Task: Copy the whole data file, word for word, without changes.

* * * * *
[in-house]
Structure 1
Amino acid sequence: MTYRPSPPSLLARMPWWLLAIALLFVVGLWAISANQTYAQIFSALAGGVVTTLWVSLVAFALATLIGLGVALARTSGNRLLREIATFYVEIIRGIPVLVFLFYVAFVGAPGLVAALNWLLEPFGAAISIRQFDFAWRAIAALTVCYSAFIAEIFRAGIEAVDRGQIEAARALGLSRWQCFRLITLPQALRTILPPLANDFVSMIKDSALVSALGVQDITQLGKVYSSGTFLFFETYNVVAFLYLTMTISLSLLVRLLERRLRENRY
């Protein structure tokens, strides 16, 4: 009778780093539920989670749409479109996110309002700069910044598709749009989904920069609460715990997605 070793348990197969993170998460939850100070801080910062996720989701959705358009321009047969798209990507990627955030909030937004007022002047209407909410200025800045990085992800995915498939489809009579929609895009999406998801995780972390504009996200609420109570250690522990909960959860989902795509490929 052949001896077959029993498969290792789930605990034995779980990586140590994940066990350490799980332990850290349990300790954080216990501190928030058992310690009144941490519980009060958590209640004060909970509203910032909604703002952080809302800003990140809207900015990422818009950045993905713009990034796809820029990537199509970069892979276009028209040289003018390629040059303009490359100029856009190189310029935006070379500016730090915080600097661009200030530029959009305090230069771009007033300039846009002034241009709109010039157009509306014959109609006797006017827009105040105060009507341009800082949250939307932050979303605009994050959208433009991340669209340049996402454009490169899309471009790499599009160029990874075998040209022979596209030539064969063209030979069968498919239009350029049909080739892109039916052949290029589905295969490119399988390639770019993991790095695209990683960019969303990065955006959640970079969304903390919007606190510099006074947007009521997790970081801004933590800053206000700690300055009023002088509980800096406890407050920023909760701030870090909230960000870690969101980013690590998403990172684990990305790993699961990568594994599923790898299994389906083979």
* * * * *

[in-house]
Structure 1
Amino acid sequence: MTYRPSPPSLLARMPWWLLAIALLFVVGLWAISANQTYAQIFSALAGGVVTTLWVSLVAFALATLIGLGVALARTSGNRLLREIATFYVEIIRGIPVLVFLFYVAFVGAPGLVAALNWLLEPFGAAISIRQFDFAWRAIAALTVCYSAFIAEIFRAGIEAVDRGQIEAARALGLSRWQCFRLITLPQALRTILPPLANDFVSMIKDSALVSALGVQDITQLGKVYSSGTFLFFETYNVVAFLYLTMTISLSLLVRLLERRLRENRY
């Protein structure tokens, strides 16, 4: 009778780093539920989670749409479109996110309002700069910044598709749009989904920069609460715990997605 070793348990197969993170998460939850100070801080910062996720989701959705358009321009047969798209990507990627955030909030937004007022002047209407909410200025800045990085992800995915498939489809009579929609895009999406998801995780972390504009996200609420109570250690522990909960959860989902795509490929 052949001896077959029993498969290792789930605990034995779980990586140590994940066990350490799980332990850290349990300790954080216990501190928030058992310690009144941490519980009060958590209640004060909970509203910032909604703002952080809302800003990140809207900015990422818009950045993905713009990034796809820029990537199509970069892979276009028209040289003018390629040059303009490359100029856009190189310029935006070379500016730090915080600097661009200030530029959009305090230069771009007033300039846009002034241009709109010039157009509306014959109609006797006017827009105040105060009507341009800082949250939307932050979303605009994050959208433009991340669209340049996402454009490169899309471009790499599009160029990874075998040209022979596209030539064969063209030979069968498919239009350029049909080739892109039916052949290029589905295969490119399988390639770019993991790095695209990683960019969303990065955006959640970079969304903390919007606190510099006074947007009521997790970081801004933590800053206000700690300055009023002088509980800096406890407050920023909760701030870090909230960000870690969101980013690590998403990172684990990305790993699961990568594994599923790898299994389906083979």